Last year, the Federal Trade Commission (FTC) held five round tables in three cities discussing consumer debt collection litigation and arbitration. (read more here) The agency issued this week Repairing a Broken System: Protecting Consumers in Debt Collection and Litigation and Arbitration, a report containing the findings, conclusions, and recommendations.
Chapter 3 of the FTC report addresses debt collection in arbitration:
The report finds that consumers are not given meaningful choice whether to enter into arbitration and that the debt collection arbitration process is fundamentally unfair to them. Creditors, collectors and arbitration forums should adopt changes to ensure that:
(1) consumers are given a meaningful choice about whether to arbitrate and a reasonable method of exercising that choice;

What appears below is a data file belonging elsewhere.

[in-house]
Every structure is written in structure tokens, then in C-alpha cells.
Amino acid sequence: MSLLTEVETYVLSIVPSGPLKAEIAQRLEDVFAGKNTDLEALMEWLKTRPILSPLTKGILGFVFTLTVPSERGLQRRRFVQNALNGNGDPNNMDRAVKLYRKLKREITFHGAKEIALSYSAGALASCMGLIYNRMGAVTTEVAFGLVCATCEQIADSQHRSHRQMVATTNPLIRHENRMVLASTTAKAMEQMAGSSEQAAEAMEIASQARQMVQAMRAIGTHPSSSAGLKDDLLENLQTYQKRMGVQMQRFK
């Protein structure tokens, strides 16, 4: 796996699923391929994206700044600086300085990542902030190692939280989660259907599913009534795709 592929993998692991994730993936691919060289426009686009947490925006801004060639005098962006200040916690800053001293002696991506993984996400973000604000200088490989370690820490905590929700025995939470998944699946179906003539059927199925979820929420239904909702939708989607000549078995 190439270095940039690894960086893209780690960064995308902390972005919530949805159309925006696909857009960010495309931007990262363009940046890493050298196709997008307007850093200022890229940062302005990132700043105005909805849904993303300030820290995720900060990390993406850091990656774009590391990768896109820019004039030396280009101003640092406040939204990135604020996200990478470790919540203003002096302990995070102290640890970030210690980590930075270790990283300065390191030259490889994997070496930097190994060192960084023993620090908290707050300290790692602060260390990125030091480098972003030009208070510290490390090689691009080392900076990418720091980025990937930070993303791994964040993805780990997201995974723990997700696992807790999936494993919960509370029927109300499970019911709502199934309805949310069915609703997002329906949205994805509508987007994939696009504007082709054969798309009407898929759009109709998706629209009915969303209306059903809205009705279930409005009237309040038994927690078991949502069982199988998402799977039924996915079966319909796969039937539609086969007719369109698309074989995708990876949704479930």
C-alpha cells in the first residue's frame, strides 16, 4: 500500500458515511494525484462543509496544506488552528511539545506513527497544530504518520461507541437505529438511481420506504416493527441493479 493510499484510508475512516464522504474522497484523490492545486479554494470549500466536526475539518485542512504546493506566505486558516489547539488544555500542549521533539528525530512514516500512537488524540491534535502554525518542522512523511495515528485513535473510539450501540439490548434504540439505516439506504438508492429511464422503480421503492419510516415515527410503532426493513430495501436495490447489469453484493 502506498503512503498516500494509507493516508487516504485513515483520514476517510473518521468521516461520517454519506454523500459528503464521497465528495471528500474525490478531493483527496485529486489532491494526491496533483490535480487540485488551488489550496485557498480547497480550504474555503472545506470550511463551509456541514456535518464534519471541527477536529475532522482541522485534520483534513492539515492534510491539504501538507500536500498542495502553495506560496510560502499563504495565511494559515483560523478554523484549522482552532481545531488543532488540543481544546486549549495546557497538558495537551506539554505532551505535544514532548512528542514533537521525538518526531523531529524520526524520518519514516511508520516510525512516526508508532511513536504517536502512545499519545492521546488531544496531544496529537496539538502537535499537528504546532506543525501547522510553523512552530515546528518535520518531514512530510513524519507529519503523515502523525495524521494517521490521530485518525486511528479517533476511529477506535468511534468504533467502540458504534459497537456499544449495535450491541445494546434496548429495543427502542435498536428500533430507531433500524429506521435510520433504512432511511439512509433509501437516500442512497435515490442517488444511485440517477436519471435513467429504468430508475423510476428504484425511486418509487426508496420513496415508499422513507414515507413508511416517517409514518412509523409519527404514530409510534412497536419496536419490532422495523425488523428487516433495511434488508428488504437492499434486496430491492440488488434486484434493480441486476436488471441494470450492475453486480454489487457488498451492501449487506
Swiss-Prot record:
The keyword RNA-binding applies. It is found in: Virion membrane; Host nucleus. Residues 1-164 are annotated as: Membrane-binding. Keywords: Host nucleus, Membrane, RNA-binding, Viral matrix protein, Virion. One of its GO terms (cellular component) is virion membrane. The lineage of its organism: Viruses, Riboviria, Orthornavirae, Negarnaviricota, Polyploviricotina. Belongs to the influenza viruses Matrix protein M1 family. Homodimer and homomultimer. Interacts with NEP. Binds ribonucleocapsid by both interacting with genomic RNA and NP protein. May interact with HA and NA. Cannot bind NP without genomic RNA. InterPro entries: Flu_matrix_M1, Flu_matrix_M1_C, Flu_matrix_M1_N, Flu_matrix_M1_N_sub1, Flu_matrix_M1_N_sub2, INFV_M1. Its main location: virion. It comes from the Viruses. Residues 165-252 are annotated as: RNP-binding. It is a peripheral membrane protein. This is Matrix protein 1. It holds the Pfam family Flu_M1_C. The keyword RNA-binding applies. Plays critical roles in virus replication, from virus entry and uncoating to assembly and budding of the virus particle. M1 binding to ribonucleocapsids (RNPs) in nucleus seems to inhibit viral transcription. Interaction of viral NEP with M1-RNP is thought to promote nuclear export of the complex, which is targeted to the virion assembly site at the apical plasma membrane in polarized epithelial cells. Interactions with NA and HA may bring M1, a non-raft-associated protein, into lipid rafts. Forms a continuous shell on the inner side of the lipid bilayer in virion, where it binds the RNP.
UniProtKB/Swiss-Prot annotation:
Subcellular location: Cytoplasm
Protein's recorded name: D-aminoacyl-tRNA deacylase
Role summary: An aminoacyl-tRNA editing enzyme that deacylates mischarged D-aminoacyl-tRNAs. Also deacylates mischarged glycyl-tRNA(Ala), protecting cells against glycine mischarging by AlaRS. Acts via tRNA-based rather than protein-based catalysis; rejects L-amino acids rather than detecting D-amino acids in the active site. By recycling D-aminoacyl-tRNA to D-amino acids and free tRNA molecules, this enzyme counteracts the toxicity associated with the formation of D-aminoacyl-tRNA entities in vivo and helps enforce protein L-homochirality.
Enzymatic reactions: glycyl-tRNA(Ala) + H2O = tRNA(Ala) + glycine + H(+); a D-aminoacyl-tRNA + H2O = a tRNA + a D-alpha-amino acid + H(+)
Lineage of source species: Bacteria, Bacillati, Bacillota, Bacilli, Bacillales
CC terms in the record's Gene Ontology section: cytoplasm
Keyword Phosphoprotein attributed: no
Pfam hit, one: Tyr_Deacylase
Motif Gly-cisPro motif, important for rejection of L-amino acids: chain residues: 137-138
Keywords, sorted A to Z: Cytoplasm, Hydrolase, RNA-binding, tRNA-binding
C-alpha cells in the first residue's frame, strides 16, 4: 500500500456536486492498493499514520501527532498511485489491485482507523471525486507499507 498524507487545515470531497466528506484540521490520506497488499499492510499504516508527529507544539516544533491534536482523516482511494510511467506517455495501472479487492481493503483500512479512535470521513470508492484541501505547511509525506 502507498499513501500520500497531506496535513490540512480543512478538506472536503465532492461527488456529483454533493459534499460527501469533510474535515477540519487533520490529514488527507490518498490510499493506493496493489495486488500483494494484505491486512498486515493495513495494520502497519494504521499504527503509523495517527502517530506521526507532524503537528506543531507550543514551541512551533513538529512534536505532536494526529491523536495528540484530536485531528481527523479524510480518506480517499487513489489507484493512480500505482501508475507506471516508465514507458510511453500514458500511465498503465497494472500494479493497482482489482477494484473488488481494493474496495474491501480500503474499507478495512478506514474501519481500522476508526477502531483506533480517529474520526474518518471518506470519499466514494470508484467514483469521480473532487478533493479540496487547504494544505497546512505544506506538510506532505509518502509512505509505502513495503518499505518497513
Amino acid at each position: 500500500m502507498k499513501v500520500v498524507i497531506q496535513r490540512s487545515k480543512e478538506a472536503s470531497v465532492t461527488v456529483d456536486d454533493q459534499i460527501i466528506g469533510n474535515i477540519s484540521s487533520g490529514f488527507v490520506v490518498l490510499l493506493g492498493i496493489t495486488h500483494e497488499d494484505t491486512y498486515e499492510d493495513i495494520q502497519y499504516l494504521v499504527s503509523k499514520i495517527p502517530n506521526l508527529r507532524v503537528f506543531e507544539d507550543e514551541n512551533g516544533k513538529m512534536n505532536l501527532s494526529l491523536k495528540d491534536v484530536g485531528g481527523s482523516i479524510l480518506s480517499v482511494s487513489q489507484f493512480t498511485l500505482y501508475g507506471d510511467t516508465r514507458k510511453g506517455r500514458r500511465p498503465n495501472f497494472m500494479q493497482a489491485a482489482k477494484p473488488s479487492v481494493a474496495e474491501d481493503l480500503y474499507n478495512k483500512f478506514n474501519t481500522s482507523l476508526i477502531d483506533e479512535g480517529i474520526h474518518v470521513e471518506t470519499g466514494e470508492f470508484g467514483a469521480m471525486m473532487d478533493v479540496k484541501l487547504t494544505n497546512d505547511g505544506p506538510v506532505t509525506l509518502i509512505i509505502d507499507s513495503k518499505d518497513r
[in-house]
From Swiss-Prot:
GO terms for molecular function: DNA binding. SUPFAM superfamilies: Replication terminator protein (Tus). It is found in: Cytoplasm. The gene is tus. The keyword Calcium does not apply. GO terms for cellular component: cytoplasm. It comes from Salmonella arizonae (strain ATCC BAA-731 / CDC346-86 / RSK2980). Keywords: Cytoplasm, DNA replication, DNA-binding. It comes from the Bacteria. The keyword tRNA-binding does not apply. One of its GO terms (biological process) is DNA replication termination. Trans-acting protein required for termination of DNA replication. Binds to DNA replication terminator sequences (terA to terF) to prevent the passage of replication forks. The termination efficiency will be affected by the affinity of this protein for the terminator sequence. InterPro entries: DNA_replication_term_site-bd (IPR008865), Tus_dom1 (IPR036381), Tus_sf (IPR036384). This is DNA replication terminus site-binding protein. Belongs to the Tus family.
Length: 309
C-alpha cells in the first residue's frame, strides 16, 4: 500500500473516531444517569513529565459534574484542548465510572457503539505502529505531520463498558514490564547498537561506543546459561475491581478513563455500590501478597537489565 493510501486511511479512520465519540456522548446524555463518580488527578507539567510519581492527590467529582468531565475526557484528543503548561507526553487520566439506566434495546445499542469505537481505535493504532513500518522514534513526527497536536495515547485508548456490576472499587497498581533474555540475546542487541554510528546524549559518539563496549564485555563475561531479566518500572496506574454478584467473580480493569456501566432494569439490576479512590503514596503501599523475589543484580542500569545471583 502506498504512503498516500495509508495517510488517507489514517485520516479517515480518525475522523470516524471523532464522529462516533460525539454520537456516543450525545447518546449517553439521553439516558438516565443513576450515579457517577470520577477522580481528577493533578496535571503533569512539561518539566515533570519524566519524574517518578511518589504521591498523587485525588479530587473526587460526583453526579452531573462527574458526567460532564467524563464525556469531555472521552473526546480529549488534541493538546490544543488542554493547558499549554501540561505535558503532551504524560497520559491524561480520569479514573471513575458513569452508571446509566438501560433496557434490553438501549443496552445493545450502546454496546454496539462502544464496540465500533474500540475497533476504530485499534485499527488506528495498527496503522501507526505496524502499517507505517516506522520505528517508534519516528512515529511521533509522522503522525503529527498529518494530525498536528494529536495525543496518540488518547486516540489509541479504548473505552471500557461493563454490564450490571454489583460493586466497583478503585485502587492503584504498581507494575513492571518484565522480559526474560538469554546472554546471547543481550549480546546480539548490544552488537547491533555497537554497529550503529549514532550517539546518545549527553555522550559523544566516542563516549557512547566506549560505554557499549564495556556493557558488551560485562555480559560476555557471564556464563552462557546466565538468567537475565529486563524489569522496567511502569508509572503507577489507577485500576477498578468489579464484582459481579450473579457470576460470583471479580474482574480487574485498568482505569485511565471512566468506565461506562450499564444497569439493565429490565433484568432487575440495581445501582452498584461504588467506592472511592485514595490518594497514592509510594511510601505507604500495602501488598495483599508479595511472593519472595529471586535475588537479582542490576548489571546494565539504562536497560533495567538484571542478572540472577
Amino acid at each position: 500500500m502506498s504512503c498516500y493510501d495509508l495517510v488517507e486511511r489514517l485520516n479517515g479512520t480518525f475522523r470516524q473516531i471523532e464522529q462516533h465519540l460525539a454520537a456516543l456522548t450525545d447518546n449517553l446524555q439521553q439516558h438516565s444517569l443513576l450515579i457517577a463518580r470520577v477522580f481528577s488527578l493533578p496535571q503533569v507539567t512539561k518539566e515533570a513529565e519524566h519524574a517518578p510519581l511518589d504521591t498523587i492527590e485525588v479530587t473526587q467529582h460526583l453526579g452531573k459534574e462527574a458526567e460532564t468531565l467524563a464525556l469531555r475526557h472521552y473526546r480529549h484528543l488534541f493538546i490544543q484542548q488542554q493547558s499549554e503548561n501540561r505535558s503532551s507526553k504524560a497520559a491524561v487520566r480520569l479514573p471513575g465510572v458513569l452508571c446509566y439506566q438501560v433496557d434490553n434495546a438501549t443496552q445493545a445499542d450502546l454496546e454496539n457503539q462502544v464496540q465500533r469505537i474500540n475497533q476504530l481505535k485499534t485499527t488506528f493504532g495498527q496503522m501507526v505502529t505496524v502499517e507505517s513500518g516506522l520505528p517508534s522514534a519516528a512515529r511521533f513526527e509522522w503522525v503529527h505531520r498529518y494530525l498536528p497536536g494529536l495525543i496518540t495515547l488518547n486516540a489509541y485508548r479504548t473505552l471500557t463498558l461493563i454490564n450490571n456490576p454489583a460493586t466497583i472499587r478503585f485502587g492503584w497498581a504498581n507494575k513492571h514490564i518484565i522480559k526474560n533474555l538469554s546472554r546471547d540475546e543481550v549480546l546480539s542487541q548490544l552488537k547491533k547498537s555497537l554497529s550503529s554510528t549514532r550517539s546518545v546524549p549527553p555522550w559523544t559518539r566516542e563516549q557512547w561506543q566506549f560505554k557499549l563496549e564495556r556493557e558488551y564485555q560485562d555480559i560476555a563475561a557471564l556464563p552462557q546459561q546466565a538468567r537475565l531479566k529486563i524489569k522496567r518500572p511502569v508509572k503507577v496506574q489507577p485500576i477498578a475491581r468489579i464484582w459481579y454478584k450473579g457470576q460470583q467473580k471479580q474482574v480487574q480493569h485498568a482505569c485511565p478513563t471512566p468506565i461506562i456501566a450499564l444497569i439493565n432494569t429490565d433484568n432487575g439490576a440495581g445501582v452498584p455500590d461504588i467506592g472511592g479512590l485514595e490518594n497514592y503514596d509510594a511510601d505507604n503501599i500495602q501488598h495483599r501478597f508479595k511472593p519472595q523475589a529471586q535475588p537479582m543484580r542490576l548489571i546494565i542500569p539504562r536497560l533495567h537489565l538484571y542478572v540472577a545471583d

(2) neither arbitration forums nor arbitrators are biased or appear to be biased;
(3) consumers are given adequate notice of the commencement of arbitration and their costs of participating in arbitration are limited to the costs the consumers would have incurred to defend against similar proceedings in court;
(4) arbitrators issue reasoned, written decisions to support their awards; and
(5) arbitration and its results are sufficiently transparent to instill confidence in use of arbitration as alternative to the public court system. The FTC will continue to closely monitor, evaluate, and report, as appropriate, on whether debt collection arbitration models are providing consumers with meaningful choice and a fair process.
The complete report is available here.